Demon Haunted Boy: Chapter 15

Tales of monsters, werewolves, gods, vampires, zombies, and all the most popular horrors myths of mankind, in almost all cases have their origins in the underworld. When two worlds as different as Hell and Earth must exist so close to one another, such influences are inevitable. The real mystery is how little the living know about the dead. My own answer, besides the obvious truth that only the elusive Seer can see things for what they are, is that it is very much in the interest of the living to ignore the terrible reality. It is in the interest of their sanity and their will to live, and so such legends as zombies were created, for example, to explain the fact of a Visitor inhabiting a corpse – or Werewolves to explain the nature of Feeders. Of all traits that separate humans from animals, one of the greatest is their capacity for delusion.

  • Blood Dweller’s Guide to the Underworld, Chapter 3 (Can’t We All Just Get Along?)

 

By the time he’d told his tale, Darla and Philip’s raised voices were echoing in the halls – not that Freya seemed to care. She was leaning across the table with her chin in her hands, milky eyes intent on Will. The longer he’d spoken, the more her features had softened and her brow furrowed in sympathy. When he ended with: ‘So, yeah, that’s why I’m here,’ she leaned back with her hand on her heart, shaking her head.

‘You poor boy,’ she said. Upstairs, something else smashed and Philip swore. Freya went on: ‘Your whole family murdered by monsters before your innocent eyes. And I thought my own death was tragic – suicide, I’m afraid – and yet here you are.’ She laid a too-soft hand over his and he barely resisted the urge to pull away. ‘Willing to enter the depths of Hell to rescue your poor sister and restore a few precious years of life.’ She drew a finger across dry eyes. ‘I would cry,’ she explained in a broken voice, ‘but I think my tear ducts have rotted.’

‘I’m… sorry?’ Will said. His skin was crawling where she gripped him.

‘No, no, it is I who am sorry, dear boy. Why, here I was ready to feed the bitch upstairs to Philip and swallow your soul just to get back at Dale! And then I hear that not only does he still love me, but he needs my help for such a noble quest.’ She released him at last, and he moved to clasp Blood Dweller’s Guide in his lap. ‘I don’t agree with his quest, of course – I think it’s no less than sheer madness.’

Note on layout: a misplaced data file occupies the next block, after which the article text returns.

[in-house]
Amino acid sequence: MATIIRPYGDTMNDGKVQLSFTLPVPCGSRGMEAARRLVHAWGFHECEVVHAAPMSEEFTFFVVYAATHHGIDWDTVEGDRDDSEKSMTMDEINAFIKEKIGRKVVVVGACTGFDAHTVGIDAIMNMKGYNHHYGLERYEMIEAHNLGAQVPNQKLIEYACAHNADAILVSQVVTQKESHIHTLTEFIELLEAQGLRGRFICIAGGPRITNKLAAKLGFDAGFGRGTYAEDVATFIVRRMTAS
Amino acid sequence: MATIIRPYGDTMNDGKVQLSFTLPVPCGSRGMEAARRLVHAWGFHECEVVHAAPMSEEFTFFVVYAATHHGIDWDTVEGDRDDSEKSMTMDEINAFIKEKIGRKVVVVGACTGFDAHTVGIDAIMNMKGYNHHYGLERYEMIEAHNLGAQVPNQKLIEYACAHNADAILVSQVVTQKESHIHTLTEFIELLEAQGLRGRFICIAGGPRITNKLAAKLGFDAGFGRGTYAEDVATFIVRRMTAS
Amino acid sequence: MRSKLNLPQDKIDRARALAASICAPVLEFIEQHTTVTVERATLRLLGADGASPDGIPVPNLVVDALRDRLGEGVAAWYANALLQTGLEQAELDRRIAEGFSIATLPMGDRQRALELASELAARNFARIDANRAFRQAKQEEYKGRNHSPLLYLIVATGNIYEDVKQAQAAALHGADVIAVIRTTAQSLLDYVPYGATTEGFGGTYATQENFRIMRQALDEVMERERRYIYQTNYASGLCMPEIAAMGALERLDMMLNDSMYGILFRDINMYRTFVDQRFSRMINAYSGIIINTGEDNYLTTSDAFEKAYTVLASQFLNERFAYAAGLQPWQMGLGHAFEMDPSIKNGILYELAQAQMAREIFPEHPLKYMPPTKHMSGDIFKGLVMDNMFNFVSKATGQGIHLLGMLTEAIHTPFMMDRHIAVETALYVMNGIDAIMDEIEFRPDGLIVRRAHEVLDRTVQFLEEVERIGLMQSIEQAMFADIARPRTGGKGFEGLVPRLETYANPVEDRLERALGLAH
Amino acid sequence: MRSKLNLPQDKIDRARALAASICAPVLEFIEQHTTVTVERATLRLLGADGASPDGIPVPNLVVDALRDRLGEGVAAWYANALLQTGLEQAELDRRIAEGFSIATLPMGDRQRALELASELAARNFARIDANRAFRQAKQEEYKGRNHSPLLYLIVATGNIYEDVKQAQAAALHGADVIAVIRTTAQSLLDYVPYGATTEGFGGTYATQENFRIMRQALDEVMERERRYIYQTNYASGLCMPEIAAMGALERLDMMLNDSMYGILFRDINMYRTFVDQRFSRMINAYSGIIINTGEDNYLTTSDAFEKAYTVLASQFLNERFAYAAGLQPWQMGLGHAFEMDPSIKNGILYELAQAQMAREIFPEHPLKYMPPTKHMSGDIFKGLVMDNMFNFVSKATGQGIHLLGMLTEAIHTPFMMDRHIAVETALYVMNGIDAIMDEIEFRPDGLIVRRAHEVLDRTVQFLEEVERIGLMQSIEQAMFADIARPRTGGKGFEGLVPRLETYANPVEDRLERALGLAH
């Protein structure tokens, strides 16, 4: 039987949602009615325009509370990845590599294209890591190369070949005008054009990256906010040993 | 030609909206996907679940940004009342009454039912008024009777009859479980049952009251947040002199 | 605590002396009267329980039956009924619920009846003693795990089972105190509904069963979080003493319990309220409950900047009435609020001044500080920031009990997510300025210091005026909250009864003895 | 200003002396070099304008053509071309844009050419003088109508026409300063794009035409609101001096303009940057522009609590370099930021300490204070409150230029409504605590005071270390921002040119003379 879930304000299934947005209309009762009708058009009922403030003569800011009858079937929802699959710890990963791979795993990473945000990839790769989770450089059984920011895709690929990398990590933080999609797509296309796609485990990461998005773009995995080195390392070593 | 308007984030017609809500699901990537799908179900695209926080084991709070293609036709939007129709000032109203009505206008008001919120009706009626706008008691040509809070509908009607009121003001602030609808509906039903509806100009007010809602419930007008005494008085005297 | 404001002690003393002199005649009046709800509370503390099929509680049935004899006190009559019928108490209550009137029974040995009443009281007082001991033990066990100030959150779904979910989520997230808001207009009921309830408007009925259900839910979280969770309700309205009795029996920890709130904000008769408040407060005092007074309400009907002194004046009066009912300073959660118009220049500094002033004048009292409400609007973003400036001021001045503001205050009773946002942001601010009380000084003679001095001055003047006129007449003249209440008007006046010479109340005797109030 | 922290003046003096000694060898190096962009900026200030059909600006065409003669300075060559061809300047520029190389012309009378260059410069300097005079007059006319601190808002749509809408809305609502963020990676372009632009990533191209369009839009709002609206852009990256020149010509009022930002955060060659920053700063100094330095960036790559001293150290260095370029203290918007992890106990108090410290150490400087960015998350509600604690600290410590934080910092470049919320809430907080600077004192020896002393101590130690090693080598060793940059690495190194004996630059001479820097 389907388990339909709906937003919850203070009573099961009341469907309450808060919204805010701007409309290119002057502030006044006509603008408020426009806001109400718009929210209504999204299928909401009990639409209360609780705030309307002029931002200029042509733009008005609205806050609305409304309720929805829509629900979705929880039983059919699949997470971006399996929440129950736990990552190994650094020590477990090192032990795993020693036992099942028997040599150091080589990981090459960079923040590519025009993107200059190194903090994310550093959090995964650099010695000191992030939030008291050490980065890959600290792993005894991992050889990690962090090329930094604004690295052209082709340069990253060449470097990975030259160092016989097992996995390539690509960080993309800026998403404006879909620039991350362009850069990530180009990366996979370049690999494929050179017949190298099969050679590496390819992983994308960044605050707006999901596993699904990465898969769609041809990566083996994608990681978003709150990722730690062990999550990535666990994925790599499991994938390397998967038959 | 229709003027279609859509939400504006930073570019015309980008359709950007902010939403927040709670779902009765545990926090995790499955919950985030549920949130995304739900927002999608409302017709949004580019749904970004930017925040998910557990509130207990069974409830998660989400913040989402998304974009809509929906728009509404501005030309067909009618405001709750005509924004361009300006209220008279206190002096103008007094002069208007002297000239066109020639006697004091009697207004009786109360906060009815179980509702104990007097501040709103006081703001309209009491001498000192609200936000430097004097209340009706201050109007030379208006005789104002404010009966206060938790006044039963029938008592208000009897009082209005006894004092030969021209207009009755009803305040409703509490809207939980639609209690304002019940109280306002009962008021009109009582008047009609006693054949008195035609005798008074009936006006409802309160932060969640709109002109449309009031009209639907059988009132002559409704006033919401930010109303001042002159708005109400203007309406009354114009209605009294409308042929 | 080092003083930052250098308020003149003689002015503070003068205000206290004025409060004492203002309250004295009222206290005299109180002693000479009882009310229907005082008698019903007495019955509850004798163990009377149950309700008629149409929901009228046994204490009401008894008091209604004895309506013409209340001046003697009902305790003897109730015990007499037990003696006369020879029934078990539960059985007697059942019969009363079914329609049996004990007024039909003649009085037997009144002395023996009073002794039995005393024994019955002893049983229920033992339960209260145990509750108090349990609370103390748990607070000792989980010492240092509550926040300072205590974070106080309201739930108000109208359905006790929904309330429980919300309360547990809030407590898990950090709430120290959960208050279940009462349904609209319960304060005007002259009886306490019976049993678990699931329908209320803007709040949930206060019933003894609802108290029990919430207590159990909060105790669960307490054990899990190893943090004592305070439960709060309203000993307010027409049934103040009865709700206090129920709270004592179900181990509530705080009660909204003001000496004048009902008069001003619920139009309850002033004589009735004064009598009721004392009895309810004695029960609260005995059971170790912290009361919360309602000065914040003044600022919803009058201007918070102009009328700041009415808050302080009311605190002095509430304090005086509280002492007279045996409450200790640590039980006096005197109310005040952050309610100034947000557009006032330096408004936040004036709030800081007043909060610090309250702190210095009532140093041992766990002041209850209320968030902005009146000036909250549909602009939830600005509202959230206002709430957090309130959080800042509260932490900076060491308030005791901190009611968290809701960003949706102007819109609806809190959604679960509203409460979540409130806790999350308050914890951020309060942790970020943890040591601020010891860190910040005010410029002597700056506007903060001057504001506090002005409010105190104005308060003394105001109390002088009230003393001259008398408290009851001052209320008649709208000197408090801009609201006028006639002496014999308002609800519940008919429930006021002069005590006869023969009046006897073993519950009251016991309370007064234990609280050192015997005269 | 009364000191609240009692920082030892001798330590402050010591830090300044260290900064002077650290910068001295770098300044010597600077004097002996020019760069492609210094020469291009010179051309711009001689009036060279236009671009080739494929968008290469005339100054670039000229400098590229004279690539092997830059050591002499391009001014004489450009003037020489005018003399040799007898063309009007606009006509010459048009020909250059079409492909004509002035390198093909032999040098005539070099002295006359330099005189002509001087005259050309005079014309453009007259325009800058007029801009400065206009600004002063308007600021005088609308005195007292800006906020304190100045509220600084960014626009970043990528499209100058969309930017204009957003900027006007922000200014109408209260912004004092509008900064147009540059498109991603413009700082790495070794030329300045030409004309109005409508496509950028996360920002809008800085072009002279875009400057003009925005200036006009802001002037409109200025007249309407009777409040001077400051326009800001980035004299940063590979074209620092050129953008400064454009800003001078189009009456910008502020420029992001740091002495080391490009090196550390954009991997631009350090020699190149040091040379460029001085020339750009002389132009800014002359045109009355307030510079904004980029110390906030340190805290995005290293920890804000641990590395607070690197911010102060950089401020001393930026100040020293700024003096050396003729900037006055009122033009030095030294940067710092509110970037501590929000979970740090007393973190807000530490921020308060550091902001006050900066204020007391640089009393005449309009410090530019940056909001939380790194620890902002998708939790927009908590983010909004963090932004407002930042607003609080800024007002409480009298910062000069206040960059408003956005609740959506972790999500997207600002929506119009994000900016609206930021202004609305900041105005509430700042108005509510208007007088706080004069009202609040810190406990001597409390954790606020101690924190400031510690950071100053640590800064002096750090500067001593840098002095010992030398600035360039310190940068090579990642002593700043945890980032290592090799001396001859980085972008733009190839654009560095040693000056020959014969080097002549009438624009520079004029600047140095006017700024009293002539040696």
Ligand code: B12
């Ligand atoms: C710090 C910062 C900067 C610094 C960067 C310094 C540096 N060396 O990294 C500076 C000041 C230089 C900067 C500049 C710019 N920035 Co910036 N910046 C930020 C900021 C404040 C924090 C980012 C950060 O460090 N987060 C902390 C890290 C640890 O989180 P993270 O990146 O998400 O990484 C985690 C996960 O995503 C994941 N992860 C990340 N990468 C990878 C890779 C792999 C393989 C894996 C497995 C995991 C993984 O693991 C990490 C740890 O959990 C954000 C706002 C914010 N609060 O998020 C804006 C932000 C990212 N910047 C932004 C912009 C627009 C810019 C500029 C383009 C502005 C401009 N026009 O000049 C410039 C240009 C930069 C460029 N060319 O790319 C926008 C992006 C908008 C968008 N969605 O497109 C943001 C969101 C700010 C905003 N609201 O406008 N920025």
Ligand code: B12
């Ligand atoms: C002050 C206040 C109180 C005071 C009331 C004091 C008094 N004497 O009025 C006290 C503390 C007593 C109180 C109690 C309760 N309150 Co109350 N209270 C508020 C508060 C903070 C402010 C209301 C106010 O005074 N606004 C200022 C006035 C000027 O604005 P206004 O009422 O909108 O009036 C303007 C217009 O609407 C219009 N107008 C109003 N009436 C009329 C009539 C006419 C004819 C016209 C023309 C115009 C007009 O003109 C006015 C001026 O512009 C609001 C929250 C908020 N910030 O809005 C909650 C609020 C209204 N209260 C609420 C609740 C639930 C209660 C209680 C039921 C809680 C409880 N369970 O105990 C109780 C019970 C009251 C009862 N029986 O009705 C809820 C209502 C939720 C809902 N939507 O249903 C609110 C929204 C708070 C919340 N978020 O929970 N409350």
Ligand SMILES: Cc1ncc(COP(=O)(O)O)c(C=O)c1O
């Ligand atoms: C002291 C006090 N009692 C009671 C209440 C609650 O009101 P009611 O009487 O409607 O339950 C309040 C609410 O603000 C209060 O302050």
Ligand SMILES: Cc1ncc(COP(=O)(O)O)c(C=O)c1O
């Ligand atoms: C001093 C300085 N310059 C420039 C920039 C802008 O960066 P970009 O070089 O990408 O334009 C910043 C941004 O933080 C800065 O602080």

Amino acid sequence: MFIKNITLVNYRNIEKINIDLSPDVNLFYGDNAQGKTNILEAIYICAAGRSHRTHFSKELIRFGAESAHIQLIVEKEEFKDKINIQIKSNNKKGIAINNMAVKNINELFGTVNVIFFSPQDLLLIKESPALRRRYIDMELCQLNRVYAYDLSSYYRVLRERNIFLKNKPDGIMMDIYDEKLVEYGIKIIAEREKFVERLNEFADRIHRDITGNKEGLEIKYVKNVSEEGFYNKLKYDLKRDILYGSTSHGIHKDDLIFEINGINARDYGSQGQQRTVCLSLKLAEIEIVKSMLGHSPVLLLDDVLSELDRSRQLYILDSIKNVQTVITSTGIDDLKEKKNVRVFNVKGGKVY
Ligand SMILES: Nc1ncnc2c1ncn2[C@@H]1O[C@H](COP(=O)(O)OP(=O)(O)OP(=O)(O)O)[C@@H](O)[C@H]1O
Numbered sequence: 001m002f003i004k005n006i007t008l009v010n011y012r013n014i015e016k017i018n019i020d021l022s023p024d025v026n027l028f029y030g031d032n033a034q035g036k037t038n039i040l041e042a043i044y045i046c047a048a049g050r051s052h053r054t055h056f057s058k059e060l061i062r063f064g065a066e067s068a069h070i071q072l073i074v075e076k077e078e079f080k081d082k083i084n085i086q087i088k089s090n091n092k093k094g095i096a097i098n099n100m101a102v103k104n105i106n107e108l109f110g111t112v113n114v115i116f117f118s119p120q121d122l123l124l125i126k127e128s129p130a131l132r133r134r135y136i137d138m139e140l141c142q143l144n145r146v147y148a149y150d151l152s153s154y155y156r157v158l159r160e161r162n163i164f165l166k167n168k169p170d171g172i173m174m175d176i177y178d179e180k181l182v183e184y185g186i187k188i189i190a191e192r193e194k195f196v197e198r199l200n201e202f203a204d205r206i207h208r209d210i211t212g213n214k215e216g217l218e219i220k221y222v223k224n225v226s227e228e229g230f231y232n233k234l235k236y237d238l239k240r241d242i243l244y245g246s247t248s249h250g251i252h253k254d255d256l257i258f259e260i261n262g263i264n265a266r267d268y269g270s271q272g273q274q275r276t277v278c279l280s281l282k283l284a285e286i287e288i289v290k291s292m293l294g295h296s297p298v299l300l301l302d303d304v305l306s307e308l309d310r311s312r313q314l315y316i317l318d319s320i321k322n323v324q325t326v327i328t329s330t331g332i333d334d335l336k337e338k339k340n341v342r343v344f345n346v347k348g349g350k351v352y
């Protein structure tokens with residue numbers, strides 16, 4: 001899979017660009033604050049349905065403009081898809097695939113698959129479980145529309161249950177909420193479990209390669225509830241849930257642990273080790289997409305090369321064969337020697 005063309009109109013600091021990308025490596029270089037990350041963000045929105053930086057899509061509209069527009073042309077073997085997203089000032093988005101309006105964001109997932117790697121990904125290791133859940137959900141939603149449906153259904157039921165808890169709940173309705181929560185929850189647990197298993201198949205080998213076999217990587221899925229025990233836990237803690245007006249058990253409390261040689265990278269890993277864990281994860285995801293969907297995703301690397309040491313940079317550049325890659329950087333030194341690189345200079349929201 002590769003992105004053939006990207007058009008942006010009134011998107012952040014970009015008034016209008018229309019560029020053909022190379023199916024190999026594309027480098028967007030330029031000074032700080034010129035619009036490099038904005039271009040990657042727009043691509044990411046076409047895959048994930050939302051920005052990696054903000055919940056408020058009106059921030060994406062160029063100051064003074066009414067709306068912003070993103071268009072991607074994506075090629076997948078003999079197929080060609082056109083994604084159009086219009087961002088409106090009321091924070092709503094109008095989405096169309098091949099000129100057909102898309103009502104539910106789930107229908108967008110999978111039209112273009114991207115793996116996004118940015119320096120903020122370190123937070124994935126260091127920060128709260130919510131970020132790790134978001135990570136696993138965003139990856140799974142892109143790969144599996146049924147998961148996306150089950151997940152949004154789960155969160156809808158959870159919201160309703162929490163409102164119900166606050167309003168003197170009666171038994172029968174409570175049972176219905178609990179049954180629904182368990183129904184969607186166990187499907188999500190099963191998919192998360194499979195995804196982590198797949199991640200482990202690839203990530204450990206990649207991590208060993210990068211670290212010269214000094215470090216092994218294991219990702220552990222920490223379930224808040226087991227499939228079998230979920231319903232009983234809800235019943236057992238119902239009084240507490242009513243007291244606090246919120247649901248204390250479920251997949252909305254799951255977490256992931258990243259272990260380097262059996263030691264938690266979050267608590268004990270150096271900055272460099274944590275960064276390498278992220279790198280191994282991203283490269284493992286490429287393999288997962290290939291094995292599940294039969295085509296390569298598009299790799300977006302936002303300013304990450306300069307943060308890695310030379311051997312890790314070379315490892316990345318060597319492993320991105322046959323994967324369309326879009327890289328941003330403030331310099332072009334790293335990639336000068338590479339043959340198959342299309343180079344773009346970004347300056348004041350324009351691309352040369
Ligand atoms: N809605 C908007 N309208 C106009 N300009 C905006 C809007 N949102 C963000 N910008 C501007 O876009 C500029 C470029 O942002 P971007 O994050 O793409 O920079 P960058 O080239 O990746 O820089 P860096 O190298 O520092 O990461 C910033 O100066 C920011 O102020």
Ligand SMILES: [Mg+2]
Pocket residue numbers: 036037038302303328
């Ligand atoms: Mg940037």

She paused, smiling distantly. ‘Not that I’m anyone to judge madness,’ she added. ‘Still, if ever there was a man who could inspire a host of demons to do good, I suppose it would have to be Dale. So.’ She stood up briskly and extended her hand, which Will forced himself to shake. It was like touching the swollen skin of a fruit that had turned to liquid inside.

‘Good boy. Now, let’s see what on earth the ruckus is.’

By now the voices had mysteriously stopped, but hurried footfalls sounded on the stairs just outside, and Darla burst through the door with eyes blazing before either Will or Freya could reach it. ‘Can you tell your bloody Reaper to leave me alone for five minutes?’ She said. Before Freya could answer, Phillip’s voice sounded in the hall behind her, out of breath. ‘She’s robbing us blind! I’ll have to harvest a whole kindergarten if this goes on.’

He appeared behind Darla, red faced and tense. He had a carving knife clenched in one fat hand, and he raised it above his head with murderous intent. Darla, standing with arms folded, was oblivious, but Freya put a hand on Will’s chest before he could move and said in a bored voice: ‘Plan’s changed, Philip – we’re helping them. And as good hosts it seems only fair that we feed them and supply them with all the souls they need. They have a very long journey ahead, after all.’